> is much better than what was actually proposed in the paper, which was
> to put the encryption key into the signature, or the signature key into
> the encrypt, or to sign or encrypt twice. Those solutions advance the
> illusion that this is a cryptographic problem related to sign+encrypt,
> when it is not.

Correct; nevertheless, it happens that putting a 2nd pre-image resistant
hash of the encryption key into the signature solves another problem that
*is* cryptographic (see my post on compatible weak keys).

> Adding To:, etc. to the signature is the best solution in an email
> environment. As other discussions have noted, there are other fields
> which could be important as well, such as Subject, Keywords, References,
> In-Reply-To, etc.. In fact some have proposed that the entire set of
> email headers should be protected by the signature. This produces the
> least ambiguity and possibility of error.

All the headers that are generated by the sender, yes.

> One cost in the context of this solution is that on the sending side the
> software may have to be restructured somewhat. Presently it is likely
> that signature and encryption are done before the message is formatted
> for transmission. Many of the mail headers may be stamped on only at
> that last point. The software may have to be rearranged to make sure
> that everything is available at an earlier point in the processing.
> Granted, this is more of a problem in the context of retrofitting an
> existing system. It might be argued that this problem should have been
> recognized from the beginning and secure email been designed to protect
> the mail headers all along.
>
> The other cost happens on the receiving side: what to do when the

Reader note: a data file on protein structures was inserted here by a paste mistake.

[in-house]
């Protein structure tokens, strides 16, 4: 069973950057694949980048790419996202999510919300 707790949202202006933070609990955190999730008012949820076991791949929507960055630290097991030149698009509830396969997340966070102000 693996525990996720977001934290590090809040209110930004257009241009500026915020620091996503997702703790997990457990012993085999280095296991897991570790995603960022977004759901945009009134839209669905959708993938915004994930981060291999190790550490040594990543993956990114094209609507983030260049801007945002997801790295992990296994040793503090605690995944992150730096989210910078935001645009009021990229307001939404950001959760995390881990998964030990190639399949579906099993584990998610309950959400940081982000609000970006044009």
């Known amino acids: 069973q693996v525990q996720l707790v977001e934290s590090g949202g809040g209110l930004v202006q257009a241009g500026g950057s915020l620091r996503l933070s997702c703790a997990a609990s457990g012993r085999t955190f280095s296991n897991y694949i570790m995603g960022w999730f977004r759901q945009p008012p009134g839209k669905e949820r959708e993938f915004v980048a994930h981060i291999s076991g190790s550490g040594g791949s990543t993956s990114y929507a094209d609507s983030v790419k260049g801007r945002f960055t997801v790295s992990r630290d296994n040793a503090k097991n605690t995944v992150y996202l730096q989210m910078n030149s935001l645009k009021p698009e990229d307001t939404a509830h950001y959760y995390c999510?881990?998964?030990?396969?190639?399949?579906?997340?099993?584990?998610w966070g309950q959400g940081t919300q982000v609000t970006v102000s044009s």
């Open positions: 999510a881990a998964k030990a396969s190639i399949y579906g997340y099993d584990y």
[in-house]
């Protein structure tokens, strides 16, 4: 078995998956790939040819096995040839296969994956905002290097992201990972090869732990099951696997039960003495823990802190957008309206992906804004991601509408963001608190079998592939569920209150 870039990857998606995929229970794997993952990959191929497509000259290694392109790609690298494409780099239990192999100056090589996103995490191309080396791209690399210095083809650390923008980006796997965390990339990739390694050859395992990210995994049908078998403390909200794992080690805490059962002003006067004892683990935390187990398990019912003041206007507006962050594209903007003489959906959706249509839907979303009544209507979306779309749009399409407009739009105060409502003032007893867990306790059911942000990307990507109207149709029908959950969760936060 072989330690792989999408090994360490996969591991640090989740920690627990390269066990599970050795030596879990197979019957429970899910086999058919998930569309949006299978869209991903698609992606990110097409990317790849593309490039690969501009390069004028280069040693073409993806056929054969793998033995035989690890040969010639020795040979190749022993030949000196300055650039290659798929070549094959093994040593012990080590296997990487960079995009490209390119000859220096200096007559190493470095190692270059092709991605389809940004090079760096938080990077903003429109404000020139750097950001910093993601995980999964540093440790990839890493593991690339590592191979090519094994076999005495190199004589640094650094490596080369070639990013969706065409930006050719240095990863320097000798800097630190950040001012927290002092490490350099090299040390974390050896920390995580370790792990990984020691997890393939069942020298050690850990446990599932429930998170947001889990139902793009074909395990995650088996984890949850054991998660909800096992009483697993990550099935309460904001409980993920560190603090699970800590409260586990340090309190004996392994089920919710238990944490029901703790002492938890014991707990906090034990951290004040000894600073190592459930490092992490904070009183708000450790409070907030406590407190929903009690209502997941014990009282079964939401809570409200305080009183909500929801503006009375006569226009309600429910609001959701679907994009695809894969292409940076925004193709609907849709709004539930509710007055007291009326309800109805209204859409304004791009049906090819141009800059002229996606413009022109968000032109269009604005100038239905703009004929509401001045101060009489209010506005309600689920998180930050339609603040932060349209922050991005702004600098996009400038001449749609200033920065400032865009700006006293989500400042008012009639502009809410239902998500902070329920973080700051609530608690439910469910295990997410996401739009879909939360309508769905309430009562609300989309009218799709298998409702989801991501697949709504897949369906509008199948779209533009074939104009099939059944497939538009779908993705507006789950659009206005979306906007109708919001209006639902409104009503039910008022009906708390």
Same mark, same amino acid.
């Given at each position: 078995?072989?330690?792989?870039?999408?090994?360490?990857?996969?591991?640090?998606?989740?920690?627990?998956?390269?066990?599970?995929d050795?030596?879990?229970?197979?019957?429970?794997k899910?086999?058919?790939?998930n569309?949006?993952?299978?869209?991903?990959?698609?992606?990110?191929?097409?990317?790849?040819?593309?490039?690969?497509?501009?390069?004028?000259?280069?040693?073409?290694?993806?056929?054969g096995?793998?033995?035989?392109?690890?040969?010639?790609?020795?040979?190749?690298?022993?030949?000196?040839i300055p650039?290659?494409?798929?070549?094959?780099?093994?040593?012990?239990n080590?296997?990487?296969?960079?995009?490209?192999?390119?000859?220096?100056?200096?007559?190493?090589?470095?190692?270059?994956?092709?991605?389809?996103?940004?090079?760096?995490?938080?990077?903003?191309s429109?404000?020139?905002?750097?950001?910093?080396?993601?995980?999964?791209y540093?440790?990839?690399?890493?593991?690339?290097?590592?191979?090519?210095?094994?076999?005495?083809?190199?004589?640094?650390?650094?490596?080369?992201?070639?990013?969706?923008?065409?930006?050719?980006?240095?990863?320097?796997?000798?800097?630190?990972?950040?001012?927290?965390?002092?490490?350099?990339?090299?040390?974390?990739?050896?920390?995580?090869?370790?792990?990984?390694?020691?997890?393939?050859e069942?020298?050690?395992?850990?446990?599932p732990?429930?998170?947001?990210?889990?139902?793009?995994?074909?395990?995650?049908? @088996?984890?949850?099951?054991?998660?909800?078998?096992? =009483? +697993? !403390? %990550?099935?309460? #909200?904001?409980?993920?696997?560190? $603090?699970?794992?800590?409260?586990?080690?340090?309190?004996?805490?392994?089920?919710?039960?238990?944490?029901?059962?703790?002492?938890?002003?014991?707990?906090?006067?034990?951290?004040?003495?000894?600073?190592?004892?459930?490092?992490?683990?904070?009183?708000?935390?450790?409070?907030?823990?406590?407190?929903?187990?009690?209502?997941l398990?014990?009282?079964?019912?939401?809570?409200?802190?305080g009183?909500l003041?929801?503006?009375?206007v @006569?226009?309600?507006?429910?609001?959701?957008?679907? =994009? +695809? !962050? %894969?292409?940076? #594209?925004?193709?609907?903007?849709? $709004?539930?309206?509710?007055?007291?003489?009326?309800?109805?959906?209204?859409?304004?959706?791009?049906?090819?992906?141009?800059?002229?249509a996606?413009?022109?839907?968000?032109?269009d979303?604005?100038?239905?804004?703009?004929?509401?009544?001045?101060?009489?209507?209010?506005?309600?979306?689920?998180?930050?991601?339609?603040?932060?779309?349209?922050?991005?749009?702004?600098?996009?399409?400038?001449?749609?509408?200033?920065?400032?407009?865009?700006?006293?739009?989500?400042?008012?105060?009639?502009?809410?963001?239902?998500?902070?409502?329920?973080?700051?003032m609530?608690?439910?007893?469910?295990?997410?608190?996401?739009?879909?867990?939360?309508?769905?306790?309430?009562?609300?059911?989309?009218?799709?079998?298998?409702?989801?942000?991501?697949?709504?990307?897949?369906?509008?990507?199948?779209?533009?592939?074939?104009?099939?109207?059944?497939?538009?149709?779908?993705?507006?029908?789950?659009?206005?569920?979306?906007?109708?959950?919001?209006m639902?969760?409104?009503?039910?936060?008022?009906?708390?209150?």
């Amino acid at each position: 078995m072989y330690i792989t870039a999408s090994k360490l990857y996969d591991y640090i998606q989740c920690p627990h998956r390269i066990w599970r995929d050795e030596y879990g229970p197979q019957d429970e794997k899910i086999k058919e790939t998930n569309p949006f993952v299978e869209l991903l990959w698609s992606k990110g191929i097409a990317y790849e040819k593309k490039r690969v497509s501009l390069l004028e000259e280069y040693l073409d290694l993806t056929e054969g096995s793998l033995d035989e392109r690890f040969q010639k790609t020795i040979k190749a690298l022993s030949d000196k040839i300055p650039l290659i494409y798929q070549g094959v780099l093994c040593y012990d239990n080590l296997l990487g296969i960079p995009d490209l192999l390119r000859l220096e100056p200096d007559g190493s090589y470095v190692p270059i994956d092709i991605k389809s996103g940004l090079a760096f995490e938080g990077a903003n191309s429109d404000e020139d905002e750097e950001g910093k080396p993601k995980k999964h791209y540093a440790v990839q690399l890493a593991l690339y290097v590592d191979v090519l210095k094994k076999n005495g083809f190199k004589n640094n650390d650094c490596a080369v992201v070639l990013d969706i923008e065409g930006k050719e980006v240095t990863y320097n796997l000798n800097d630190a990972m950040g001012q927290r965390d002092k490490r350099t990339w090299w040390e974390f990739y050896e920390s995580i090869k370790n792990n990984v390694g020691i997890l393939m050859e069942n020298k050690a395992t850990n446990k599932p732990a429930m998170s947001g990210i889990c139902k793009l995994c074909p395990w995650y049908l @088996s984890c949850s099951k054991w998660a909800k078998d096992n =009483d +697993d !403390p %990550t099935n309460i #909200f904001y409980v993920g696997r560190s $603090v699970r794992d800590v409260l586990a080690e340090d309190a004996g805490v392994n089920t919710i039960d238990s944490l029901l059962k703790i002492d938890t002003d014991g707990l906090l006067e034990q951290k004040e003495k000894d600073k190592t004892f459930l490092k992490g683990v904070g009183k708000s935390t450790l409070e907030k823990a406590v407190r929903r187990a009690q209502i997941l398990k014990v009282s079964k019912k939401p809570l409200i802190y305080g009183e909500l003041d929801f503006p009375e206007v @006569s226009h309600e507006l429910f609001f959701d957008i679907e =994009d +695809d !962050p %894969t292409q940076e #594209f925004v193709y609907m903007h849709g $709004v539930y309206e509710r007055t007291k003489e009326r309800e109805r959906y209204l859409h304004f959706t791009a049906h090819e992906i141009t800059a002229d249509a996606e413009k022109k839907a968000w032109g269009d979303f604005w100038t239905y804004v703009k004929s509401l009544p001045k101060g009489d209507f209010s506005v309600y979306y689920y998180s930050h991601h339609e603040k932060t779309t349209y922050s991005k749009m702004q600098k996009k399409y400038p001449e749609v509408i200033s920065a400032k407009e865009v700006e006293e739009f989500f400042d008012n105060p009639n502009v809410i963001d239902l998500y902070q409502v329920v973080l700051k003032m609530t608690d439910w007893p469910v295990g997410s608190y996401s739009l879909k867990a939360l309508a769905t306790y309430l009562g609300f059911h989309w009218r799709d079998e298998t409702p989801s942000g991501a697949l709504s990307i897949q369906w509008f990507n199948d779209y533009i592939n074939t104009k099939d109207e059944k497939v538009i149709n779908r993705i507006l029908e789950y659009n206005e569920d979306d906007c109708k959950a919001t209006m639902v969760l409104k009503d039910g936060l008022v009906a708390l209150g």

> protected headers don't match the outer ones? Is this worth raising a
> red flag over? Or perhaps should the inner ones silently overwrite the
> outer ones?
>
> It might be that a certain amount of mismatch commonly occurs.
> Mail headers are far from sacrosanct, and gateways, mail exploders and
> forwarders do sometimes rewrite them. If we raise a red flag every time
> then people will learn to just ignore the warnings.

I agree there shouldn't be an intrusive warning when headers are changed,
but the way headers are displayed should make it clear which have been
authenticated and which have not.

> If we silently
> overwrite then we might lose some of the advantages of the rewriting
> which is done (for example mailing lists sometimes rewrite Subject to
> tag it with the name of the list, to move a "Re" past the list name, etc.)

I consider those advantages fairly trivial, and not worth losing strict
authentication of the subject line (and similar fields) as provided by
the sender. There is a separate "Mailing-List" header for indicating the
name of a list, for example.

(Moving Re: past the list name is an ugly workaround to prevent continuously
expanding subject lines of the form "[listname] Re: [listname] Re: ...".
It's straightforward to prevent those on the client side instead.)

> These issues can probably be solved but they require some thought and
> care in implementing this proposed new capability.

I agree, but a slightly imperfect solution is better than leaving headers
unauthenticated.

[...]


> Actually the problem has not been diagnosed correctly. The issue is
> not just that people will mistakenly believe that the software protects
> the recipient identity. The more important problem is that the software
> fails to routinely protect the recipient identity (and other information).